OMFG, look. The whole original point questions was basically, if
someone learns your VIN, could that enable them to get a key that will
let them steal your car.
The actual, truthful answer to that is this:
There is the potential that such could happen given the right
circumstances. Circumstances such as security standards adhered to
(or the lack of doing so), or "inside" people. In the real world,
security practices can often be lax and also in the real world,
trusted employees can aid thrives. So yeah, covering your VIN could
reduce your risk of being a victim of theft.
Is knowing a VIN a GUARANTEE of easily getting working keys made for a
vehicle you don't own? Nooooo, it isn't. But Mike (are you
listening), that wan't the question.
What I do know is there is nothing in the VIN that will get anybody, but the
registered owner off the vehicle, a key cut at a dealership. What I do
know is there is, it the selling dealer does not record the key code from
the tab on the keys when the car arrives at the dealership there will be no
record of the key code to connect the VIN to the key code. The original
question was. 'Can anybody read the VIN and go to a dealer and acquire a
key.' that is not going to happen not matter what you believe.
You are dead wrong about this. Since the mid '80 for sure, GM has in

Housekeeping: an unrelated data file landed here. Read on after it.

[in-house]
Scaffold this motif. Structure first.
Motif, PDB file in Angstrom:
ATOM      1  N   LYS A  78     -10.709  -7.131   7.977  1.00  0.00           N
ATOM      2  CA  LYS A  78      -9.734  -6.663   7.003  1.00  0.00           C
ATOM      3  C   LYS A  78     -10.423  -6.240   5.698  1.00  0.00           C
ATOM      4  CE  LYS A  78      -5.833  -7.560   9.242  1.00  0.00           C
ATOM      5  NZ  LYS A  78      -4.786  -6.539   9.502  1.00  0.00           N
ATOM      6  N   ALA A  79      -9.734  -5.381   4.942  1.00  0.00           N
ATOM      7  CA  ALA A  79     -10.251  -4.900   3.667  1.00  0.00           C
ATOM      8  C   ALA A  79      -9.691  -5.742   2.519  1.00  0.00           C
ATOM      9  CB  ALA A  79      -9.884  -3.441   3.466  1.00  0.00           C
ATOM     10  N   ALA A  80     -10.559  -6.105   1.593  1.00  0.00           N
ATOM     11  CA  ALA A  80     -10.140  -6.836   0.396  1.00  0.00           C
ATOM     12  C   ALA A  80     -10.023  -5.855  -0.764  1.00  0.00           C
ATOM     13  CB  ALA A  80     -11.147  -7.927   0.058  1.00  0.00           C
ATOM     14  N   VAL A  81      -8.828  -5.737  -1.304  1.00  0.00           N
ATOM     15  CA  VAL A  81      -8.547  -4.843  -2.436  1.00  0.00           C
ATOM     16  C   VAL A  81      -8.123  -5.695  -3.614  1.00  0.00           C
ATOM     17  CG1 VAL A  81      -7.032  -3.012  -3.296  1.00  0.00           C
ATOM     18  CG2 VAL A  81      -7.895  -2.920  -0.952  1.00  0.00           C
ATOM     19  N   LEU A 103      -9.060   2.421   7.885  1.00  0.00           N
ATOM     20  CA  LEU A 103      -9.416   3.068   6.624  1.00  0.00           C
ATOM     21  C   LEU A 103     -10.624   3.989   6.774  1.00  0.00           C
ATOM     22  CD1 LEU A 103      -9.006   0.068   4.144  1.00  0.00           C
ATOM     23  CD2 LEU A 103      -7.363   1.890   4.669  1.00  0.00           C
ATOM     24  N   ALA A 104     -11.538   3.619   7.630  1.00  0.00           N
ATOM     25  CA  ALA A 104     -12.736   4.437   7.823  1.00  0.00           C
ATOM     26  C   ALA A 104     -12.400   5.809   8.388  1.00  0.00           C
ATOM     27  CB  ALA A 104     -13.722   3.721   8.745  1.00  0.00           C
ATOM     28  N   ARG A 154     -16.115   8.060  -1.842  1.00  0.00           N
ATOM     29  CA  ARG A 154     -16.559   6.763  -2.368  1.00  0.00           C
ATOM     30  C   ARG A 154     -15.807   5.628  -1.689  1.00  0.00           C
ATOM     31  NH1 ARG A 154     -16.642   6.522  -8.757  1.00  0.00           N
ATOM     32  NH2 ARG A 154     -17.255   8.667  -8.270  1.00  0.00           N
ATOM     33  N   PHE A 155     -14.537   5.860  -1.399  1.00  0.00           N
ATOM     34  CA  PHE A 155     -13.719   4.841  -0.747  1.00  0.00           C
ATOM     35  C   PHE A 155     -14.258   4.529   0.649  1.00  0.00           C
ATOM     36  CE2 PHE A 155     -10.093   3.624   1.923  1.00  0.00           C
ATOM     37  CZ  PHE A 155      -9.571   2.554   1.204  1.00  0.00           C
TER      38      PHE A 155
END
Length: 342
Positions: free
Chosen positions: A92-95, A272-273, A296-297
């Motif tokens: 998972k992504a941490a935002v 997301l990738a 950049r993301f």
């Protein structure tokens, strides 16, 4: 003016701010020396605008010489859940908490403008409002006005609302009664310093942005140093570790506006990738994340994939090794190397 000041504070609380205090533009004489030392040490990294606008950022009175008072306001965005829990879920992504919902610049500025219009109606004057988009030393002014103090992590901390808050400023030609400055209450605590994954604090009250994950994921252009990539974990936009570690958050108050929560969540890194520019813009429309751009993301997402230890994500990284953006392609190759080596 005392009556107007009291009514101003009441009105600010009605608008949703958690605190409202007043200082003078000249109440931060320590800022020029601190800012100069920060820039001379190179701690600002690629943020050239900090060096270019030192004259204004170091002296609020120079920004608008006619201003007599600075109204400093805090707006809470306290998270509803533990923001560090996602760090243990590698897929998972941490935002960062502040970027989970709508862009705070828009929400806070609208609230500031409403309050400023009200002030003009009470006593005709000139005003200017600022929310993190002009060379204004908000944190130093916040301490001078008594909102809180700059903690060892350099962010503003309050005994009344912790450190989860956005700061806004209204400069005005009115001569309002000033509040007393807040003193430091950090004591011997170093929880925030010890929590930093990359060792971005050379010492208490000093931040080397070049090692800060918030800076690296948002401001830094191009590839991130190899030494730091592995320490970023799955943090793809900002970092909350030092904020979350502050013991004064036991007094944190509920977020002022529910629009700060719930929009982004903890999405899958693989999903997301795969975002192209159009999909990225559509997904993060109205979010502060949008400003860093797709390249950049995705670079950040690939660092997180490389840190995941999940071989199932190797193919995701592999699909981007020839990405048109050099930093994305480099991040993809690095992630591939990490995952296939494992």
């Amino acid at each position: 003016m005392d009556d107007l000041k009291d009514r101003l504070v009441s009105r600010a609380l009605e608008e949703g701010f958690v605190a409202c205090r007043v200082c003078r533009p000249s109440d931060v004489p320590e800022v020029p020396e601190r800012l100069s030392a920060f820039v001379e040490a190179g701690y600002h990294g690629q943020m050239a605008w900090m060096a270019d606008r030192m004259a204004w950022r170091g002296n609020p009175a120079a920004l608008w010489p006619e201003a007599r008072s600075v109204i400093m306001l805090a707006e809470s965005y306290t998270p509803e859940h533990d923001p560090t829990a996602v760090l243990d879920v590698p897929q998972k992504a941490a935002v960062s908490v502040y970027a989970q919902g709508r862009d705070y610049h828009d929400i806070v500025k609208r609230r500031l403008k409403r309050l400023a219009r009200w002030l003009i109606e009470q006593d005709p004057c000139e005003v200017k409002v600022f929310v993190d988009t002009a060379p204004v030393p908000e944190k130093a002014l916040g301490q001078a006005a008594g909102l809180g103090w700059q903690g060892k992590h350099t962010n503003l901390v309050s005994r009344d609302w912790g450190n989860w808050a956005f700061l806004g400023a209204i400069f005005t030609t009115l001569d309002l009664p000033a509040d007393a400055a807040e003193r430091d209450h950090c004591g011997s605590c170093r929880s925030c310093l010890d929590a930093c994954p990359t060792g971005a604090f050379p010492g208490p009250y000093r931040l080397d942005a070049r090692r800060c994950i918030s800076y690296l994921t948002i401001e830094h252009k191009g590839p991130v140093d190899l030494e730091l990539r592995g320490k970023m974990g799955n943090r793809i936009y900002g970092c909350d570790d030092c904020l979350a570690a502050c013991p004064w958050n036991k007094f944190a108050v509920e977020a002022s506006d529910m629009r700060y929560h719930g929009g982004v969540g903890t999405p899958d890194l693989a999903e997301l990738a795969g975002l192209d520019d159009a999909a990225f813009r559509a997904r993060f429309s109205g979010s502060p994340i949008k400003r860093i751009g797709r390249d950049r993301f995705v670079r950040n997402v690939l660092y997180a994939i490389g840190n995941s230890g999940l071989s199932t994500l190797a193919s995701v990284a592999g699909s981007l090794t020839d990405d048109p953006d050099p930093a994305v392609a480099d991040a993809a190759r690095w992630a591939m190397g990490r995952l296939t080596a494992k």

its database the key codes for all cars tied to the VIN of the car,
along with the numbers of various subassemblies such as transmissions
The one circumstance where you would not be able to get key codes
for a GM car from GM is if the locks where changed AFTER the car was
built and the new locks where not coded the same as the originals.
Here again Mike, you talk out both sides of your ass. If there truly
were NO RELATIONSHIP between VIN and key code, dealers would NEVER
(not even sometimes) be able to obtain a key code by knowing the VIN.
Obviously one can get you the other. It's just a matter of how many
security measures may (or may not) be employed while doing so.
Here in Canada, the procedure is fairly simple. You go to an online
site called GMACCESS, type in the VIN number and you get all
sorts of info on the vehicle. RPO codes, warranty repair history,
key code information...etc. The security measure lies with the
person who either gets a call from somebody wanting a key code
or is dealing with a live customer who wants another key cut. That's
the only real security measure.
Can't make a key copy BUT they can apply your VIN
to a ALREADY STOLEN car. Happened to me in FL
4 yrs ago. Crooks stole a 99 Caddy (in 2002) in Alabama
and someone copied my VIN and re-painted the car
and put on a fake VIN plate. Had my car impounded
for 2 days as possible stolen while the local PD checked
things out. (Identity Theft for Cars. Now you know why I keep
a piece of black electrical tape over my VIN plate.
- The key code is cross-referenced to the VIN. A reputable dealer will ask for a photo ID, and the title, before looking up the code and cutting the key but a disreputable person with access to the dealer's computer can look up the code and cut the key.
On Thu, 7 Jul 2016 07:36:47 -0700 (PDT), firstname.lastname@example.org wrote:
Yes, as they should.
My boss went to Europe and took his key. His wife used the car and
locked the keys inside. No one would use a slim jim as there was a lot
that could go wrong. It took some doing for the dealer to give the
information to a local locksmith that knows who we are.
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